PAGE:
Facebook Is a Global Society to be Reckoned With

“If people share more, the world will become more open and connected. And a world that’s more open and connected is a better world.” Mark Zuckerberg 2010

The opening quote is from a book titled The Facebook Effect: The inside story of the company that is connecting the world. With the exponential growth of new media and the majority of the population connected through the internet, social media networking sites particularly Facebook are rapidly becoming a vast Global Society in and of itself.

In July 2010 Facebook had over 500 million users (Chalkley) including 35.3 percent of the American population (Kirkpatrick). By October 2012 Facebook reached the one billion user mark. Facebook users make up one seventh of the world’s population. This portion of the world’s population now shares everything from private moments to videos of political protest crackdowns. These videos are often shared moments after they were uploaded to YouTube. This new media platform in the form of a social network is a large force, possibly even a global society on its own that surpasses geo-political boundaries
Facebook is currently used by many politicians throughout the world to reach constituents in order to further their cause. Take the 2008 U.S. election as an example. “This was the first election where all the candidates – presidential and congressional – attempted to connect directly with American voters via online social networking sites such as Facebook and MySpace. (It has even been called the “Facebook election”) It is no coincidence that one of Obama’s key strategists was 24-year-old Chris Hughes, a Facebook co-founder.” (Frasser & Dutta) Statistics showed “Obama had more than 2 million American supporters on Facebook; McCain, just over 600,000. On the microblogging platform Twitter, Obama could count on more than 112,000 supporters “tweeting” to get him elected. McCain, for his part, had only 4,600 followers on Twitter.” (Frasser & Dutta). With Obama garnering 70% of the youth vote in this election it became clear that not only is Facebook a virtual social hangout but a one that has the power to swing world politics. The Obama administration is currently using Facebook successfully as a tool to get Americans registered for healthcare under the Affordable Healthcare Act. The use of Facebook to advance political causes is not just a U.S. phenomenon but a global one. Finland used new media platforms for citizen input on legislation. The people of Ukraine live streamed the electoral fraud that led to the current political turmoil that is widely said to be the most tense political moment in eastern European politics since the cold war.

We live in a time where Baudrillard’s explanation of hyper-reality is the new reality. Baudrillard describes hyper-reality as reality imitating reality. He further explains that “Hyper-reality is more than just exaggerated media images. It’s a process, whereby emphasized or accumulated media is accepted as a true reflection of reality and behaviors are affected as a result.” (Chaukley) The dissemination of world news to the masses in almost real-time and the constant sharing of that news is what makes hyper-reality the new reality. In turn, this makes it difficult for governments to scramble and put spins on many incidents. Many people get and share much of their daily news from Facebook news feeds. Globally shared news from whistle-blower sites and groups, such as Wikileaks and Anonymous, tend to force governments and societies to become ever more transparent and accountable.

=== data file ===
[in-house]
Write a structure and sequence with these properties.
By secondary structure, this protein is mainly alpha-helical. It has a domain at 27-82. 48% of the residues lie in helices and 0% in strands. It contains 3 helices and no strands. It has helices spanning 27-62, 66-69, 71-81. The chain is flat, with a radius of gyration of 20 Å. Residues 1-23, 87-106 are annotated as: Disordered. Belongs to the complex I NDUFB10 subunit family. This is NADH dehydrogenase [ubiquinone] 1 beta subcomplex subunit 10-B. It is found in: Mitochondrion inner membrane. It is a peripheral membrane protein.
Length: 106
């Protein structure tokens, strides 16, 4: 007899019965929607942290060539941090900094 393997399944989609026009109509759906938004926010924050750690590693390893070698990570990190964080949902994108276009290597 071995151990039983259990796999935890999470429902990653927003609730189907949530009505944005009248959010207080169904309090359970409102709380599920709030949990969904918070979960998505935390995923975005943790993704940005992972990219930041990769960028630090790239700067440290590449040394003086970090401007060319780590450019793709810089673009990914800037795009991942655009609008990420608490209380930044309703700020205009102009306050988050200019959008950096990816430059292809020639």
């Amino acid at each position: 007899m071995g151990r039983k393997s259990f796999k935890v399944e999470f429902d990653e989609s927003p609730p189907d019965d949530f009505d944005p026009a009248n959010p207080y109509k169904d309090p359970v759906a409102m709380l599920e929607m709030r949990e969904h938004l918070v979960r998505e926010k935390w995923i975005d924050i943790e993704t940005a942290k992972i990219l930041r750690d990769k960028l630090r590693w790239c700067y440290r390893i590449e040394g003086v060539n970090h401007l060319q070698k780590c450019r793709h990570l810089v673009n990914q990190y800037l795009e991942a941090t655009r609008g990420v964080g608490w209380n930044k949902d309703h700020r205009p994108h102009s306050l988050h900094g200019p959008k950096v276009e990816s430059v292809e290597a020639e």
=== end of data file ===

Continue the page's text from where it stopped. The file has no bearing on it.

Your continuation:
Through these mediums of global social connection the public is becoming increasingly educated and aware of social issues which often lead to discussion, organization and action. There are prominent examples of how social media has fueled the fire of social change. For example in Colombia a man who was fed up with the atrocities committed by the guerrilla group FARC created the Facebook group, One Million Voices Against FARC. The group called for the end of FARC. They organized a protest march which at first was local but with a little member pressure actually turned global.(Add to previous paragraph)“What ensued was one of the most extraordinary examples of digitally fueled activism the world has ever seen. On February 4, about 10 million people marched against FARC in hundreds of cities in Colombia according to Colombian press estimates. As many as 2 million more marched in cities around the world. The movement that began with an impassioned midnight Facebook post in one frustrated young man’s bedroom led to one of the largest demonstrations ever, anywhere in the world”. (Kirkpatrick)
This Facebook organized movement was seen as instrumental in the high profile release of hostages such as Ingrid Betancourt, a Colombian politician, former senator and anti-corruption activist. She and other hostages were held in the jungles of Colombia for years. In addition, the group is widely considered as instrumental in the loss of popularity and the power of FARC.